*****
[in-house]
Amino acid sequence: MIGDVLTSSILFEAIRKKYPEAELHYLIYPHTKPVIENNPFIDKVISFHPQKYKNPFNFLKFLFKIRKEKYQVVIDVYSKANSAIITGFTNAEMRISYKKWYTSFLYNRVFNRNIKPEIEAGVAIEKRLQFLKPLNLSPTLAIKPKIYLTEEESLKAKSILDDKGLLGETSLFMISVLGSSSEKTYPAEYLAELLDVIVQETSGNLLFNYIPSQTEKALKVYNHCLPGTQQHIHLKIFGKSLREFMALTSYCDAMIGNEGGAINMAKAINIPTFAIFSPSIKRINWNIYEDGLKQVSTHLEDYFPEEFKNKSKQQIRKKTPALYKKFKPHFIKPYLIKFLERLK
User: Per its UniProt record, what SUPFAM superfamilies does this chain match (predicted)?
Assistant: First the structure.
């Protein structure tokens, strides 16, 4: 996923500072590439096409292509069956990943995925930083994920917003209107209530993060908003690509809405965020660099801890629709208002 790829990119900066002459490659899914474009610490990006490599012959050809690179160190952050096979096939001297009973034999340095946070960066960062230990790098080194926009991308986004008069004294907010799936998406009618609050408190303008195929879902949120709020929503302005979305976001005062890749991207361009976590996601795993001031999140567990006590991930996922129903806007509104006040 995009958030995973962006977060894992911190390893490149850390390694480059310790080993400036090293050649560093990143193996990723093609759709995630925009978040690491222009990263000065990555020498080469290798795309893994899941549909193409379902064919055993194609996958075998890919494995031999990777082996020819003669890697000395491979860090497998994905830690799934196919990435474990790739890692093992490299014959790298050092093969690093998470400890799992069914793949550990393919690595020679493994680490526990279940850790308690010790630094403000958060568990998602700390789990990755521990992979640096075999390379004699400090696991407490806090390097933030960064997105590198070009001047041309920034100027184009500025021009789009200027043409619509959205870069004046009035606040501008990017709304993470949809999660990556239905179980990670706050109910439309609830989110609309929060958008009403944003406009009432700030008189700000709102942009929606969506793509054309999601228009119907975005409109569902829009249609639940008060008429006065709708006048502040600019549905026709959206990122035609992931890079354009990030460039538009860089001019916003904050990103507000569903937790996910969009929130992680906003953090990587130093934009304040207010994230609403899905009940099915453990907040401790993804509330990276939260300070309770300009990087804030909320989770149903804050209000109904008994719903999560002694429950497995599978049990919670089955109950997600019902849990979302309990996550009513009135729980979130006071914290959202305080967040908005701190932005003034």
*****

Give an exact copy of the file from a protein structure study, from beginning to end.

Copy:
[in-house]
Amino acid sequence: MIGDVLTSSILFEAIRKKYPEAELHYLIYPHTKPVIENNPFIDKVISFHPQKYKNPFNFLKFLFKIRKEKYQVVIDVYSKANSAIITGFTNAEMRISYKKWYTSFLYNRVFNRNIKPEIEAGVAIEKRLQFLKPLNLSPTLAIKPKIYLTEEESLKAKSILDDKGLLGETSLFMISVLGSSSEKTYPAEYLAELLDVIVQETSGNLLFNYIPSQTEKALKVYNHCLPGTQQHIHLKIFGKSLREFMALTSYCDAMIGNEGGAINMAKAINIPTFAIFSPSIKRINWNIYEDGLKQVSTHLEDYFPEEFKNKSKQQIRKKTPALYKKFKPHFIKPYLIKFLERLK
User: Per its UniProt record, what SUPFAM superfamilies does this chain match (predicted)?
Assistant: First the structure.
């Protein structure tokens, strides 16, 4: 996923500072590439096409292509069956990943995925930083994920917003209107209530993060908003690509809405965020660099801890629709208002 790829990119900066002459490659899914474009610490990006490599012959050809690179160190952050096979096939001297009973034999340095946070960066960062230990790098080194926009991308986004008069004294907010799936998406009618609050408190303008195929879902949120709020929503302005979305976001005062890749991207361009976590996601795993001031999140567990006590991930996922129903806007509104006040 995009958030995973962006977060894992911190390893490149850390390694480059310790080993400036090293050649560093990143193996990723093609759709995630925009978040690491222009990263000065990555020498080469290798795309893994899941549909193409379902064919055993194609996958075998890919494995031999990777082996020819003669890697000395491979860090497998994905830690799934196919990435474990790739890692093992490299014959790298050092093969690093998470400890799992069914793949550990393919690595020679493994680490526990279940850790308690010790630094403000958060568990998602700390789990990755521990992979640096075999390379004699400090696991407490806090390097933030960064997105590198070009001047041309920034100027184009500025021009789009200027043409619509959205870069004046009035606040501008990017709304993470949809999660990556239905179980990670706050109910439309609830989110609309929060958008009403944003406009009432700030008189700000709102942009929606969506793509054309999601228009119907975005409109569902829009249609639940008060008429006065709708006048502040600019549905026709959206990122035609992931890079354009990030460039538009860089001019916003904050990103507000569903937790996910969009929130992680906003953090990587130093934009304040207010994230609403899905009940099915453990907040401790993804509330990276939260300070309770300009990087804030909320989770149903804050209000109904008994719903999560002694429950497995599978049990919670089955109950997600019902849990979302309990996550009513009135729980979130006071914290959202305080967040908005701190932005003034």